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Scathing report on cancer services reveals north lagging behind

A report has criticised the absence of an updated cancer strategy for Northern Ireland
Seanín Graham

A report into cancer care in Northern Ireland has highlighted a string of failings, resulting in a "severely deteriorated" service that lags behind the rest of the NHS.

In one of the most critical publicly-funded reports of its kind, authors castigate the Department of Health over a lack of planning, warning that the north's main cancer strategy is now almost 10 years old compared with 'updated' 2015/16 versions in England, Scotland and Wales.

Lead researcher Dr Lesley-Ann Black, a highly-respected academic commissioned by the assembly, also says that "more transparency is needed" after repeated attempts to gain information on policy reviews and 'action plans' were denied to her team.

There are currently three main cancer policies, with each listing standards to be met. But the report claims it is impossible to evaluate the effectiveness of this work due to the "absence of formal performance reviews".

While welcoming advances in treatment that have led to more people surviving the disease, it states that cancer remains the leading cause of death in the north with 4,255 lives lost in 2015.

By 2020, it is estimated that almost one in two people will receive a diagnosis.

In a stark warning, Dr Black notes that almost half (45 per cent) of cancer patients in the north receive a late diagnosis, which leads to difficulties in treatment and "impacts on patient quality of life and survival rates".

She states: "Overall, assessing performance from a scrutiny perspective is difficult as not all information is readily available or in the public domain."

Concerns raised include:

  • Main waiting time targets drawn up by health ministers have never been met, eight years after they were first introduced
  • 'Red flag' or suspected cancer patients are facing delays from GP referral to hospital consultant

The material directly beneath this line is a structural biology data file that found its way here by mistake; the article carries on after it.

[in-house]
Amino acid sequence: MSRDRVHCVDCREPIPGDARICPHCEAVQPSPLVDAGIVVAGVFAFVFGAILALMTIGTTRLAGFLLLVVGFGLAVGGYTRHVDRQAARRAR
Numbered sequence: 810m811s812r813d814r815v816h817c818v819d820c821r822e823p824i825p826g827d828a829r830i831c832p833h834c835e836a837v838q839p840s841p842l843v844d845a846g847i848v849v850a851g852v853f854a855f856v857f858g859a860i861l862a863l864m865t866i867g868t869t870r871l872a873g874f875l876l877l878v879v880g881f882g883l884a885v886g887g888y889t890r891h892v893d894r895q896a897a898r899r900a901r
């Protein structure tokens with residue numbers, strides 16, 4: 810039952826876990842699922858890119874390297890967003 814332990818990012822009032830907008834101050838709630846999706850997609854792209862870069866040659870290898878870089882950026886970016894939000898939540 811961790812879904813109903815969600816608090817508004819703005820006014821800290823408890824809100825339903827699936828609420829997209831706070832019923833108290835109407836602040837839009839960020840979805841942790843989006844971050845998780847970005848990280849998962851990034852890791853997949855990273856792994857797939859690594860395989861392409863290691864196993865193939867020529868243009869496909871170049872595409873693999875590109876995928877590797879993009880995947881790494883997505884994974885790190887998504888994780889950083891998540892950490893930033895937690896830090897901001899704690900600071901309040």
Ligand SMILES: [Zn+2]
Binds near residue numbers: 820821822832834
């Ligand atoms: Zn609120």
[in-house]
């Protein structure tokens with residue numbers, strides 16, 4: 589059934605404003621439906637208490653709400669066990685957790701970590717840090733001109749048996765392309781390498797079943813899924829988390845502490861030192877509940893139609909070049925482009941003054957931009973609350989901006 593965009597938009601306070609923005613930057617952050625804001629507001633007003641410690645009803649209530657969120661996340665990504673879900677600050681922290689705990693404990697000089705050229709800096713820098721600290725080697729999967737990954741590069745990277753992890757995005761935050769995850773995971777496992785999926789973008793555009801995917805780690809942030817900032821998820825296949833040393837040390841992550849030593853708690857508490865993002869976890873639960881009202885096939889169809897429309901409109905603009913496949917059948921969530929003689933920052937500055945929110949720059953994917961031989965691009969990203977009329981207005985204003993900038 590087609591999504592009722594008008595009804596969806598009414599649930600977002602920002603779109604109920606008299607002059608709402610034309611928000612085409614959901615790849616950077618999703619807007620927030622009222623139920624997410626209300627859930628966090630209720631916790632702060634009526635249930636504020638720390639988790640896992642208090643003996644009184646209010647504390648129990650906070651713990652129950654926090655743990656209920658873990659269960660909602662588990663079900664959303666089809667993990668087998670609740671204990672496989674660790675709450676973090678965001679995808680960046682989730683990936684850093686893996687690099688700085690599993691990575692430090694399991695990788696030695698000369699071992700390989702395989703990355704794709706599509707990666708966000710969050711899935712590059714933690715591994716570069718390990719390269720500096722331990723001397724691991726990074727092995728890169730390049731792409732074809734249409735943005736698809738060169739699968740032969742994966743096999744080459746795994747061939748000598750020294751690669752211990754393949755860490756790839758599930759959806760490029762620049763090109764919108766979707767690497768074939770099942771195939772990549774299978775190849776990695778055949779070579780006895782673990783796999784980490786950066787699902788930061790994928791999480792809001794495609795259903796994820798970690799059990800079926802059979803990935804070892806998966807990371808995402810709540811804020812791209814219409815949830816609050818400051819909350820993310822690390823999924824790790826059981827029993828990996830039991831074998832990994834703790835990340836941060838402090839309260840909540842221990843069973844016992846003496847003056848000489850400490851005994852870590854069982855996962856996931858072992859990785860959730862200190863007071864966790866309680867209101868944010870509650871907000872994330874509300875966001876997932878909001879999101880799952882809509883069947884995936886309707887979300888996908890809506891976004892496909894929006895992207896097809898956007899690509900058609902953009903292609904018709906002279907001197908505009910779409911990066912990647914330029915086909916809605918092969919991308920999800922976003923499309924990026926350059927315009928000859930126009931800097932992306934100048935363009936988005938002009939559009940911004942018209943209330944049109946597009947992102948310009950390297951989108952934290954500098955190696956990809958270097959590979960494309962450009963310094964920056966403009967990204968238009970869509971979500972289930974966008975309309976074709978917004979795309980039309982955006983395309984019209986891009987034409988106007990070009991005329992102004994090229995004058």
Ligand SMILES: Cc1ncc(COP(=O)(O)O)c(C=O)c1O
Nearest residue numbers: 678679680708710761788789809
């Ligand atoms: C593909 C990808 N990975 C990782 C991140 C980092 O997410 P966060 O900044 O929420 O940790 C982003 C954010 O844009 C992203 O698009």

• A 62-day target to provide treatment following diagnosis is being breached
  • GP and radiology shortages are impacting on delays
  • It is impossible to evaluate the north's three main cancer policies - including the 2011 skin cancer policy - as no data is "publicly available"

Dr Black states: "Performance has severely deteriorated in recent years. This suggests patients are currently experiencing severe delays in getting a cancer diagnosis.

"...Information was also sought from the Department of Health about what actions are being taken to improve waiting time performance, but a response was not given.

"It remains unknown what impact such delays are having on patients but there are likely to be some negative implications regarding outcomes.

"It also begs questions relating to why the targets have not been met for several years, why are more manageable targets not being set and what actions are being taken to reduce deteriorating waiting times?

"Furthermore, Northern Ireland is the only jurisdiction in the UK and Republic of Ireland not to have updated its cancer strategy. Evidence also suggests more could be done in terms of earlier diagnosis and more timely treatment."

SDLP Foyle MLA Mark H Durkan described the report's findings as shocking.

He also questioned why such an "important piece of research" was published on the assembly website in the middle of summer.

"The failure to meet targets and the fact we appear to be lagging behind everywhere else is not particularly surprising and this report makes the case for a new cancer strategy crystal clear," he said.

"But there is also the concern about the lack of transparency around the publication of documents to assess performances.

"Behind all these statistics and research are individuals and their families living with a cancer diagnosis."


Cancer in Northern Ireland 

  • Cancer diagnoses are set to soar by two-thirds over 20 years in Northern Ireland due to people living longer
  • Survival rates have increased dramatically for some cancers including breast cancer, but the disease is killing one in five patients in the north just six months after diagnosis
  • The north's main cancer centre at Belfast City hospital needs to "double its floors" by 2035 to deal with demand
  • Breast, lung, bowel and prostate cancers are the most common cancers
  • Of the 1,200 new lung cancer cases diagnosed each year, many patients are dead "within the year", according to Dr Anna Gavin of the NI Cancer Registry
  • Patients diagnosed with pancreatic, liver or stomach cancer also have little chance of living more than a year

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